– For existing workbooks, you’d need to set the style in each workbook.
    – To make it the default in new workbooks, you can create a new workbook, make the change to the “Comma” style, and then save the workbook as a template…

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  18. 772 votes

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    We are excited to share an update on the feature availability. This is available on Excel Insiders min build: 16.0.13525.10000, and on Mac Insiders min build:16.44.1125.0. We will post updates here as this rolls out to Current Channel. (A description of Office channels can be found here: https://docs.microsoft.com/en-us/deployoffice/overview-update-channels )

    If you are excited by this change or have comments for us, please share at File→Feedback.

    Thanks, Urmi

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  19. 833 votes

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    Thanks for your support for this suggestion. As some of the comments have concluded, there are a few complex technical issues and considerations that have delayed this from being implemented.

    We do think that this suggestion has merit but we don’t think that we’ll be able to devote time to it in the near future.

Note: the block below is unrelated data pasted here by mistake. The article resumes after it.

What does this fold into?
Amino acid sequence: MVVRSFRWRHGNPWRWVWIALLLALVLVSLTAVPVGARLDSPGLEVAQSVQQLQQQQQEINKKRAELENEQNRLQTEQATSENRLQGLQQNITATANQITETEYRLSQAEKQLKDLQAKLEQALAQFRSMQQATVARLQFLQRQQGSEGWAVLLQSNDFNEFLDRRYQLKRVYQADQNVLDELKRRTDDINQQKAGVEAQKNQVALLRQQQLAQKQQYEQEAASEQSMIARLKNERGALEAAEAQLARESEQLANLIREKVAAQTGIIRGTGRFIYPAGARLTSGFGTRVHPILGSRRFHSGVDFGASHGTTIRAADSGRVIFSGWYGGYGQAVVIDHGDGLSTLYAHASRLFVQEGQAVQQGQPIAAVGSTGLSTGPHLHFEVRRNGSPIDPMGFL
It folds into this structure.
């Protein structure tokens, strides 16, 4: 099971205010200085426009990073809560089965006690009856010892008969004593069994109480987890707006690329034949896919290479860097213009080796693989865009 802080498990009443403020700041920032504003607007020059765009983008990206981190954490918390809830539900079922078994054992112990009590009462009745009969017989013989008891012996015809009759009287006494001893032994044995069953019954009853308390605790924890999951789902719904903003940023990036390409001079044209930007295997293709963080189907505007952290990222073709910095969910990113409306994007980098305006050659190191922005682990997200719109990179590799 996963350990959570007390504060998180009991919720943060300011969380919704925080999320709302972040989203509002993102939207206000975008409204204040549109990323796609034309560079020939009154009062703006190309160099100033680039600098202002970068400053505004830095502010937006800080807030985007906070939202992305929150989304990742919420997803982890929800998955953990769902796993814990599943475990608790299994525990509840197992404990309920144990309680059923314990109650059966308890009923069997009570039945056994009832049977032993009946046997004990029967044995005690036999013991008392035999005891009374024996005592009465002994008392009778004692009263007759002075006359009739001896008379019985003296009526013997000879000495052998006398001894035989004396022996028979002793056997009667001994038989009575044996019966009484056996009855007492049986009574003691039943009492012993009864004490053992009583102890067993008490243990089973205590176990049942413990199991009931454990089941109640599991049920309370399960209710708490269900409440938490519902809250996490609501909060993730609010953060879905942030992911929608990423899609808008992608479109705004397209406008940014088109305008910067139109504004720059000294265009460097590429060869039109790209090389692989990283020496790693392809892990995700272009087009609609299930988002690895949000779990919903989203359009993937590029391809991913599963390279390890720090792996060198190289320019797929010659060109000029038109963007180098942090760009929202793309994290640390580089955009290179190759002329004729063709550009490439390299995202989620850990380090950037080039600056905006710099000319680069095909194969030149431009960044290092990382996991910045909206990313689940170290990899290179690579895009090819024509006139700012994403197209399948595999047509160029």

One of the primary reasons for this request was to have a better way to handle formula cells in line charts, and this can be accomplished using the option to show #N/A as an empty cell. You can use the NA() function in your formulas as appropriate, and choose the option to “Show cells with #N/A as an empty cell”. To find the option for your chart, go to the Select Data dialog for the chart, and click the Hidden and Empty Cells button.

    We know there are other scenarios where a proper NULL()…

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  20. 999 votes

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    Thanks for supporting this feature. We won’t be able to in the near future, but we understand that it would be a nice improvement. Even though it seems like a straightforward idea, it is quite complex since named ranges can be dynamic, meaning that the range is calculated when the workbook is calculated.

    We’ll continue tracking votes for this suggestion.